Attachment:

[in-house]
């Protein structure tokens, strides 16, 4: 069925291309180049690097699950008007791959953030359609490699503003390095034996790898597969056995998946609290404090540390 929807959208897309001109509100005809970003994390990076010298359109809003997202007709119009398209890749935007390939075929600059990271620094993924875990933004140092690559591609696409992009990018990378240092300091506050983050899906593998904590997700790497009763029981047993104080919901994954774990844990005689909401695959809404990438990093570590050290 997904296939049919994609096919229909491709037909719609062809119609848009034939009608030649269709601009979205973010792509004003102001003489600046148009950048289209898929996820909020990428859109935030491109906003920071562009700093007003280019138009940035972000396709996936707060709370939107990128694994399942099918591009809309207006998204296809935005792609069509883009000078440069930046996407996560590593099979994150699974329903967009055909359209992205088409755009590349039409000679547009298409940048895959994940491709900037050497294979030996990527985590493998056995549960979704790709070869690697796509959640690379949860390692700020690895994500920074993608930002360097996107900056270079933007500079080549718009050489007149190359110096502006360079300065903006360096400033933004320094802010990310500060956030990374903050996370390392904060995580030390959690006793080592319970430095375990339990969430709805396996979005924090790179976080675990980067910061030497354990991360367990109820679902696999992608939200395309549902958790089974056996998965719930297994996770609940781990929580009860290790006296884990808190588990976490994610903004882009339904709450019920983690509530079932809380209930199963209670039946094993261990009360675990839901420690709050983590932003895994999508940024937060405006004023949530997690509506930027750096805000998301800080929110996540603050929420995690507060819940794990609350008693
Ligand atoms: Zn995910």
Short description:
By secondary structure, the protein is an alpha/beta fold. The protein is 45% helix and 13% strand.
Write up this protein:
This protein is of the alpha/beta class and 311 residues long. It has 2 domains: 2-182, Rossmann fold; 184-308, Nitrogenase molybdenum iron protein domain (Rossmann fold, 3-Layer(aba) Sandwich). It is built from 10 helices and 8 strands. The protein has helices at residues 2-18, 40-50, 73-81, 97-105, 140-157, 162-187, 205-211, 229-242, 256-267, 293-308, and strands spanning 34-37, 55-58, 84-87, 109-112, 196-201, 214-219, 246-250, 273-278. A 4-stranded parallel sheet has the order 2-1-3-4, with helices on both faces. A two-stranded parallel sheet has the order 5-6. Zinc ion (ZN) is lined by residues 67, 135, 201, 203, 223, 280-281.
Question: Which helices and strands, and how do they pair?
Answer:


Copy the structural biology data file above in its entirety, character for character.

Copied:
[in-house]
């Protein structure tokens, strides 16, 4: 069925291309180049690097699950008007791959953030359609490699503003390095034996790898597969056995998946609290404090540390 929807959208897309001109509100005809970003994390990076010298359109809003997202007709119009398209890749935007390939075929600059990271620094993924875990933004140092690559591609696409992009990018990378240092300091506050983050899906593998904590997700790497009763029981047993104080919901994954774990844990005689909401695959809404990438990093570590050290 997904296939049919994609096919229909491709037909719609062809119609848009034939009608030649269709601009979205973010792509004003102001003489600046148009950048289209898929996820909020990428859109935030491109906003920071562009700093007003280019138009940035972000396709996936707060709370939107990128694994399942099918591009809309207006998204296809935005792609069509883009000078440069930046996407996560590593099979994150699974329903967009055909359209992205088409755009590349039409000679547009298409940048895959994940491709900037050497294979030996990527985590493998056995549960979704790709070869690697796509959640690379949860390692700020690895994500920074993608930002360097996107900056270079933007500079080549718009050489007149190359110096502006360079300065903006360096400033933004320094802010990310500060956030990374903050996370390392904060995580030390959690006793080592319970430095375990339990969430709805396996979005924090790179976080675990980067910061030497354990991360367990109820679902696999992608939200395309549902958790089974056996998965719930297994996770609940781990929580009860290790006296884990808190588990976490994610903004882009339904709450019920983690509530079932809380209930199963209670039946094993261990009360675990839901420690709050983590932003895994999508940024937060405006004023949530997690509506930027750096805000998301800080929110996540603050929420995690507060819940794990609350008693
Ligand atoms: Zn995910």
Short description:
By secondary structure, the protein is an alpha/beta fold. The protein is 45% helix and 13% strand.
Write up this protein:
This protein is of the alpha/beta class and 311 residues long. It has 2 domains: 2-182, Rossmann fold; 184-308, Nitrogenase molybdenum iron protein domain (Rossmann fold, 3-Layer(aba) Sandwich). It is built from 10 helices and 8 strands. The protein has helices at residues 2-18, 40-50, 73-81, 97-105, 140-157, 162-187, 205-211, 229-242, 256-267, 293-308, and strands spanning 34-37, 55-58, 84-87, 109-112, 196-201, 214-219, 246-250, 273-278. A 4-stranded parallel sheet has the order 2-1-3-4, with helices on both faces. A two-stranded parallel sheet has the order 5-6. Zinc ion (ZN) is lined by residues 67, 135, 201, 203, 223, 280-281.
Question: Which helices and strands, and how do they pair?
Answer: